There are several pieces of legislation that have been put in place by the EU that directly impact the UK’s water industry, whose future may now be uncertain. Two worth noting are the Water Framework Directive (WFD) which was introduced on 23rd December 2000 with the intention of cleaning up Europe’s ground and surface waters (rivers, lakes, groundwater and coasts). The overall goal of the WFD was/is to transform Europe’s water institutions and planning processes to ensure no further deterioration of water quality. The EU’s waters were, thereafter, regularly tested on their Biological, Hydromorphological, Physical-Chemical and Chemical qualities. At the time, the directive was a milestone and a step forward in achieving an ecosystem-based approach for water policy and water resource management.
Another piece of legislation that was introduced by the European Union was the Bathing Water Directive (BWD) which was introduced to monitor and regulate any body of Water that is not subject to (pre) treatment . The BWD forced the UK to better regulate how sewage was treated and disposed which, up until the mid-80s, was openly pumped into the surrounding seas. The introduction of the BWD introduced tighter wastewater regulation which then made the UK’s beaches more appealing and, in turn, made the seaside towns more attractive and boosted these local economies . Overall, good thing!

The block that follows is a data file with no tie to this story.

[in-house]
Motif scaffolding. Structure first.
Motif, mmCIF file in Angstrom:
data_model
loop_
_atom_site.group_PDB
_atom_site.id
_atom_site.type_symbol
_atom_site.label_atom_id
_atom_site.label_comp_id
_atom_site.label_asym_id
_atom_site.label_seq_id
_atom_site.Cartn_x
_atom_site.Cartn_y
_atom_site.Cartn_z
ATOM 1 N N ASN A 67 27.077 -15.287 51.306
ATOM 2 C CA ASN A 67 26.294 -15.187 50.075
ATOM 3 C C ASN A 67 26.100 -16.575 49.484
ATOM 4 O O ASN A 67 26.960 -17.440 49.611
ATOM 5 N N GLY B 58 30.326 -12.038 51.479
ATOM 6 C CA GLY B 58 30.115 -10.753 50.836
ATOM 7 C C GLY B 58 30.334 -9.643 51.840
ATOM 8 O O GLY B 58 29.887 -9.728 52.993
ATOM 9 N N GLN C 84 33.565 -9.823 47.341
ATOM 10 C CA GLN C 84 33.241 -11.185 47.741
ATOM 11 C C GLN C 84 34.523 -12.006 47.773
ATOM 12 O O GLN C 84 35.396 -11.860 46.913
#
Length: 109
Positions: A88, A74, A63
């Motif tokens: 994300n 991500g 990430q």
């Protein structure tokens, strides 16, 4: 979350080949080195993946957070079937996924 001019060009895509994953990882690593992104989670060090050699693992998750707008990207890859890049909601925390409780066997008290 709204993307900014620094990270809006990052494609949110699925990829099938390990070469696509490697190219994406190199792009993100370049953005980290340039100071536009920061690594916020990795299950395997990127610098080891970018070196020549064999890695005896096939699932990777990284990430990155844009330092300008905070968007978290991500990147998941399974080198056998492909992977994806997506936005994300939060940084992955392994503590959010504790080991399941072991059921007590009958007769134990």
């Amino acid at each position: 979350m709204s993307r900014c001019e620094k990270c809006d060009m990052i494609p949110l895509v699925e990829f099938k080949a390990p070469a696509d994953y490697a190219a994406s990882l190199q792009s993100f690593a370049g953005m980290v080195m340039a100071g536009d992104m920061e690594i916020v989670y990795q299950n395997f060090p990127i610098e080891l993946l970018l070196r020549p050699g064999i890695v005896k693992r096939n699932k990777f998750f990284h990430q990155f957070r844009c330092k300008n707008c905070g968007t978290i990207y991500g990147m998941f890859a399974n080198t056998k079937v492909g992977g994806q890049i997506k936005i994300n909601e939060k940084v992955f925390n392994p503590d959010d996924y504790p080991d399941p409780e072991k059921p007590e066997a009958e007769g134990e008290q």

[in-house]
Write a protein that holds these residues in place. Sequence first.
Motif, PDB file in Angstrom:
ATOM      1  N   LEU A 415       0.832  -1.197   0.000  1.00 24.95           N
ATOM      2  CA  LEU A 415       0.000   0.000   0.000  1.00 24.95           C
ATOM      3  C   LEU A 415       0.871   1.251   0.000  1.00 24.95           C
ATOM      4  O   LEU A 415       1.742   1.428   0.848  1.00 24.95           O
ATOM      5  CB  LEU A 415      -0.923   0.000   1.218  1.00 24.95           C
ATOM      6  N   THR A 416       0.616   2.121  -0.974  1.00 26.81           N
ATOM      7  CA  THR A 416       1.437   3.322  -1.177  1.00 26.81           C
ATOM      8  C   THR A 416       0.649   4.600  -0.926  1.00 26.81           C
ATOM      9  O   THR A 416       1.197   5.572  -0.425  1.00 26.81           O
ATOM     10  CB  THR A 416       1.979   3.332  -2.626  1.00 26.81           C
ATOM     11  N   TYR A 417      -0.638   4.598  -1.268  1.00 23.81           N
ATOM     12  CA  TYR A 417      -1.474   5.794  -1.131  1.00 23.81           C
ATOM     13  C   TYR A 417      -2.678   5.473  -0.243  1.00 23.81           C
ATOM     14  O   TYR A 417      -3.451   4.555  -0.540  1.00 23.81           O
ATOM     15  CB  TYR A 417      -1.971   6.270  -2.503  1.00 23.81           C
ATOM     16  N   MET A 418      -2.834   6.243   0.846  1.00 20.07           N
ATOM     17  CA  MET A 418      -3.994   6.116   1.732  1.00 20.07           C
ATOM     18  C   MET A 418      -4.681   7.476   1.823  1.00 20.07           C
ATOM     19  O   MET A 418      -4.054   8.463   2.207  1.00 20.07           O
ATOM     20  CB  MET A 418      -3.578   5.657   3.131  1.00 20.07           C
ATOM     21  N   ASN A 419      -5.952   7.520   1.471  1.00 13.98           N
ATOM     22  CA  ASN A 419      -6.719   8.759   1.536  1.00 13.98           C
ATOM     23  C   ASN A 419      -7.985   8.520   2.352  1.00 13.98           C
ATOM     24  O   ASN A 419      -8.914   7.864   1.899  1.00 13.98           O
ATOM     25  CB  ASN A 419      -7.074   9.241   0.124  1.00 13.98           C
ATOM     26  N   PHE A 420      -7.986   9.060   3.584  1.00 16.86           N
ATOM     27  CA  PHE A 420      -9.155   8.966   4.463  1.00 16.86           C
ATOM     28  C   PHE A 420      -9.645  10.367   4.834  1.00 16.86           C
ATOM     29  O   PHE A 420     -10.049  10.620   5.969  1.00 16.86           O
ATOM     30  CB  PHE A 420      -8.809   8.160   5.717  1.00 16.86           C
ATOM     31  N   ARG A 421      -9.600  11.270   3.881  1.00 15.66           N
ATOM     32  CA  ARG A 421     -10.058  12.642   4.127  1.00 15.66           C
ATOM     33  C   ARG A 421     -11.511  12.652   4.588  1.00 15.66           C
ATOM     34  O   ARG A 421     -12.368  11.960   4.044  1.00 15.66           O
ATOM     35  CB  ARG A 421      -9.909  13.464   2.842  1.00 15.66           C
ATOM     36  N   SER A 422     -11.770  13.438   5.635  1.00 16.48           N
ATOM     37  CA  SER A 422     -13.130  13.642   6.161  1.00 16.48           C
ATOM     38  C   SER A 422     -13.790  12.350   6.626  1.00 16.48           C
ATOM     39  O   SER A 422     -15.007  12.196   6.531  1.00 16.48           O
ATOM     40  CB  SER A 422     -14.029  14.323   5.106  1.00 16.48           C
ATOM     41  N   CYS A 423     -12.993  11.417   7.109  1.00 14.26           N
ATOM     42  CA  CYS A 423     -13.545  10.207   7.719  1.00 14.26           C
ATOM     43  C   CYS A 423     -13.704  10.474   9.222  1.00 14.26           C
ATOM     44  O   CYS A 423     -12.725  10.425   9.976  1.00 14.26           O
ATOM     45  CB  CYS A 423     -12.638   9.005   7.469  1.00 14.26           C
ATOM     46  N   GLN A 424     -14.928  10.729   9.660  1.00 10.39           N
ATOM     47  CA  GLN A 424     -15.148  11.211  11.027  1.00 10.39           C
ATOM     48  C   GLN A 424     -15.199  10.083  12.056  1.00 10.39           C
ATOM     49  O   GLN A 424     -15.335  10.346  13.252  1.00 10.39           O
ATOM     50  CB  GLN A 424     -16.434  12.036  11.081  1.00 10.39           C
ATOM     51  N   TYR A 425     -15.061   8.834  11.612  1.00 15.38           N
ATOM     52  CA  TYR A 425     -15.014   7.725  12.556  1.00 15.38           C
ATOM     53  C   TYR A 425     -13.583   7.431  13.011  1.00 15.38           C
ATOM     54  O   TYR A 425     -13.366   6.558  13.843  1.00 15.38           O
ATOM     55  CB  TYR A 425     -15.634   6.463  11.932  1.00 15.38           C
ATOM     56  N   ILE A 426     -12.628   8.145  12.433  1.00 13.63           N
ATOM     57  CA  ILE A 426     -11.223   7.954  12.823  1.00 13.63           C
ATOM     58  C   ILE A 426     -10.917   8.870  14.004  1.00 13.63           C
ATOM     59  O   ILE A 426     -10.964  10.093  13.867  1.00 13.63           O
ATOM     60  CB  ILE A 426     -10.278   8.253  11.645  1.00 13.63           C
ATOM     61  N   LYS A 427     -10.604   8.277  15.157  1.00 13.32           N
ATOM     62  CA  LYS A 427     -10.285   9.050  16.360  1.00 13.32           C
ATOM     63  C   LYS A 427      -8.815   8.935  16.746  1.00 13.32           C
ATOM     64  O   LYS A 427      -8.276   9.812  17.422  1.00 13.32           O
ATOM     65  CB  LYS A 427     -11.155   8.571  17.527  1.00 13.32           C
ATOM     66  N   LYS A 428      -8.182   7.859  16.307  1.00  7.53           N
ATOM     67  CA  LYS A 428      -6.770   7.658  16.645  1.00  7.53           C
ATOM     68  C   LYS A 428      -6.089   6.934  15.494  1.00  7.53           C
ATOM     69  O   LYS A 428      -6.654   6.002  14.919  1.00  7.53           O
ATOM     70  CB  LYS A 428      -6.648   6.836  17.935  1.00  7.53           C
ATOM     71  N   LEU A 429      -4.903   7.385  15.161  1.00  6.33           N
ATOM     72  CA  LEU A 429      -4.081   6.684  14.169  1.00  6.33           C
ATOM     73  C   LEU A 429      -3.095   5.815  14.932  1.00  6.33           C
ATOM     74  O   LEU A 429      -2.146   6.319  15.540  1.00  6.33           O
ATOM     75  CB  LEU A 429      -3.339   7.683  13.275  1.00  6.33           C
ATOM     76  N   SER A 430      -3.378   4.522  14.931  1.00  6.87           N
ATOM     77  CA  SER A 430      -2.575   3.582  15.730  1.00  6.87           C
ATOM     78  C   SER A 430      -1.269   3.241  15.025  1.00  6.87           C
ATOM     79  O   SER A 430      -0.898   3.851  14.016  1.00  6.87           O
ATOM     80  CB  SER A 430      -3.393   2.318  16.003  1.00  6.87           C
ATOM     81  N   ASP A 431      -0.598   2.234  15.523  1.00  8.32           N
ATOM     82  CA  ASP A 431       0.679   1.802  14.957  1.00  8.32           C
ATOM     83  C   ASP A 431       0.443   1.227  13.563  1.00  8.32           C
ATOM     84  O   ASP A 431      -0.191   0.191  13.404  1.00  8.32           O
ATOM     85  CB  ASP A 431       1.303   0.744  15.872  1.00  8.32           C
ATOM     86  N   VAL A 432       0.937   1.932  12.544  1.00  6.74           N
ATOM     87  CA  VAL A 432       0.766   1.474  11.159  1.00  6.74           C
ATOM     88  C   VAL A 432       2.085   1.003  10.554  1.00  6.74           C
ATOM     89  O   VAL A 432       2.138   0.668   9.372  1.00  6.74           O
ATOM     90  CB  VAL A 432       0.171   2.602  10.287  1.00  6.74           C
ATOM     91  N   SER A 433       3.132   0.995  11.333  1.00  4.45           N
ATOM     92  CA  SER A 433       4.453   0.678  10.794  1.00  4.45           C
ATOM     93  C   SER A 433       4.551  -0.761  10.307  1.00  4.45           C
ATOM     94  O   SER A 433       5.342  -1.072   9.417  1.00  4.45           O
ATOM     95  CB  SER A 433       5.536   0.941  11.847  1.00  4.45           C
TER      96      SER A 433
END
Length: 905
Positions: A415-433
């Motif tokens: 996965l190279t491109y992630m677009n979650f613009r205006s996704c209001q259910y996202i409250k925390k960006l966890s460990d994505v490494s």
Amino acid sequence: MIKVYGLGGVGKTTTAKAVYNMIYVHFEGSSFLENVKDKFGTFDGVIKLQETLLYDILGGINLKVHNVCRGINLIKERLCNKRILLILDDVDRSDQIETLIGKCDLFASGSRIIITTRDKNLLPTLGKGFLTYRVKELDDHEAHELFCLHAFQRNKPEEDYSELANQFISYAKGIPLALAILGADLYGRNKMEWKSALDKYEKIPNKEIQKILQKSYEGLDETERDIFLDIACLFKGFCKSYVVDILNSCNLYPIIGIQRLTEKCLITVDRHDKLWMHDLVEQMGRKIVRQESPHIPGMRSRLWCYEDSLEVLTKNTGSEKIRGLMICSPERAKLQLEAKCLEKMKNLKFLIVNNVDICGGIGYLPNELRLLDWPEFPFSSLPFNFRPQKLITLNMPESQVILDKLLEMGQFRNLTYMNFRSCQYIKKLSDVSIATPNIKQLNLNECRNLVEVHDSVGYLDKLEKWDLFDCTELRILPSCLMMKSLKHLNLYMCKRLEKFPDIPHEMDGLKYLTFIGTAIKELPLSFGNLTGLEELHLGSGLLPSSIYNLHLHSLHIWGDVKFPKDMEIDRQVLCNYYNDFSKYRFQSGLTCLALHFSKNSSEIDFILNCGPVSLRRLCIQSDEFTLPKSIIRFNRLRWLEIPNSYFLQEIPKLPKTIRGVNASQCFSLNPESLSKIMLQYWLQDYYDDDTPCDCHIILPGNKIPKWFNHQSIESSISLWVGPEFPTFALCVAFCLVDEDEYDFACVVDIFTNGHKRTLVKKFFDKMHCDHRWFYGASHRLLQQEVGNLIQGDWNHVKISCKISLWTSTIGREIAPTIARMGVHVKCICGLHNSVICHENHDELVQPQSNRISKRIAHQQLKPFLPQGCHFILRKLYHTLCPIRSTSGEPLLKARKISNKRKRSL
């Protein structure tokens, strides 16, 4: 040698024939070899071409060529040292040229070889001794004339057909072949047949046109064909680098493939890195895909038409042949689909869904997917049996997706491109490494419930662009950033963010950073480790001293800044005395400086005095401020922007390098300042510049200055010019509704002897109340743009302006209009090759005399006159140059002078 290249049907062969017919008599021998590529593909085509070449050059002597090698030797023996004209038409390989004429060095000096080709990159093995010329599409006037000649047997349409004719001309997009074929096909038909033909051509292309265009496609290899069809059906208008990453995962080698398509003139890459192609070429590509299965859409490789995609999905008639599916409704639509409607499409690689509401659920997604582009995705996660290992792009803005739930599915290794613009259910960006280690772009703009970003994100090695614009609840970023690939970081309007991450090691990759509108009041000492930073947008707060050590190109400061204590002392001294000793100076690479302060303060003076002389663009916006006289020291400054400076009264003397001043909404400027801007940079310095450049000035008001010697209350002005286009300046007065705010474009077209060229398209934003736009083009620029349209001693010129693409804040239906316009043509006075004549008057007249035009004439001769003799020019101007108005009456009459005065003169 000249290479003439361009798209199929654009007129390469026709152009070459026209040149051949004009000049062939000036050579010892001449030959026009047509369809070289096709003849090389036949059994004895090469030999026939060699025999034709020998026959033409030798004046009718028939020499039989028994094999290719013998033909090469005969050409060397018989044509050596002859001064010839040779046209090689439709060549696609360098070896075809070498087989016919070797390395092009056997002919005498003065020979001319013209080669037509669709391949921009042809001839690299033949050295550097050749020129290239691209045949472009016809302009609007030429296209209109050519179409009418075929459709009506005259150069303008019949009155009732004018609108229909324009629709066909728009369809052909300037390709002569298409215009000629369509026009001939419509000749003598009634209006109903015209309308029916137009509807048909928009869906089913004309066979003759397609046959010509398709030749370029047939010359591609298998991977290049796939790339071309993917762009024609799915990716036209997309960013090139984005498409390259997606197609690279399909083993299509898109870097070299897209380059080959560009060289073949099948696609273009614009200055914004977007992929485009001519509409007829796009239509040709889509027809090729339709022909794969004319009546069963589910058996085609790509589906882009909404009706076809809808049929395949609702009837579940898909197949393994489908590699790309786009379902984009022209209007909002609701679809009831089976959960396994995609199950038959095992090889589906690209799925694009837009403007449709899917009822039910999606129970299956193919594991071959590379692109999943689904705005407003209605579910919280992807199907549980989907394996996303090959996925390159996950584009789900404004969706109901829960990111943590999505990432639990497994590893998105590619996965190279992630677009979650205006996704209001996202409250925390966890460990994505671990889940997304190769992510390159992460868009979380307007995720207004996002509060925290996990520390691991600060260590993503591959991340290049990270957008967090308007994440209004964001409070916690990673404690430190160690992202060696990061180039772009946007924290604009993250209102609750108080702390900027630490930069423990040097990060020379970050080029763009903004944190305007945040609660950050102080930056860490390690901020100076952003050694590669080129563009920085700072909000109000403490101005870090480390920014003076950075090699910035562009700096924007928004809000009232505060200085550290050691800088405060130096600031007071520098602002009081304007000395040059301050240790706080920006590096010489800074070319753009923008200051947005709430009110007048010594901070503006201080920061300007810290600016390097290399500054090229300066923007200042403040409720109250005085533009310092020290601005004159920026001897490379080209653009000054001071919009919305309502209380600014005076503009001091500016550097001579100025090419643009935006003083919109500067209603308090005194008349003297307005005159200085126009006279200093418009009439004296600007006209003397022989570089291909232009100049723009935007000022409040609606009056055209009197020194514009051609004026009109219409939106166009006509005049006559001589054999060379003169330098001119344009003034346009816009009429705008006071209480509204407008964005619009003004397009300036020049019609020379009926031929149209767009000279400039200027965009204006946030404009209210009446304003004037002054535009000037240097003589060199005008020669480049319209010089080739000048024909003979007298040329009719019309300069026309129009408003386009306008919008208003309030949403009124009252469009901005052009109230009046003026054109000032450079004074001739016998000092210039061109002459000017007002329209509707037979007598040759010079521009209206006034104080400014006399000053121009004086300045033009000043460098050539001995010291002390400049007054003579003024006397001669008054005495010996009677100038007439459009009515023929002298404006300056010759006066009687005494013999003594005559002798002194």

It is safe to say that the European Union, thus far, has had a hugely positive impact on implementing legislation to combat climate change and environmental issues. On top of the tidying up of the UK’s seas, there has been a drop of more than 35% in “acid rain” affected areas over the last 30 years and there has been a global switch to unleaded fuels , the latter obviously wasn’t a direct influence of just the European Union. The EU has implemented several policies, including the two above, that are now legally binding to its members. Depending on the terms that Theresa May negotiates with Brussels, on behalf of Britain’s exit, will depend on the extent that this decision will have on the UK’s Water industry. If, as part of our withdrawal, we remain part of the EU’s single market, we may still be bound by EU policies but with very little input into their direction, scope and future policies. If we are to have a complete withdrawal from the European Union, we will no longer be bound by these policies which have long been a driver in efficiency and we run the risk of slowing, or side-lining entirely, these efficiency improvements. A complete withdrawal from the EU, and their policies would allow the UK to remove itself from the bureaucracy of the EU and perhaps give the UK the opportunity to pass our own laws quicker than what is being achieved at the moment.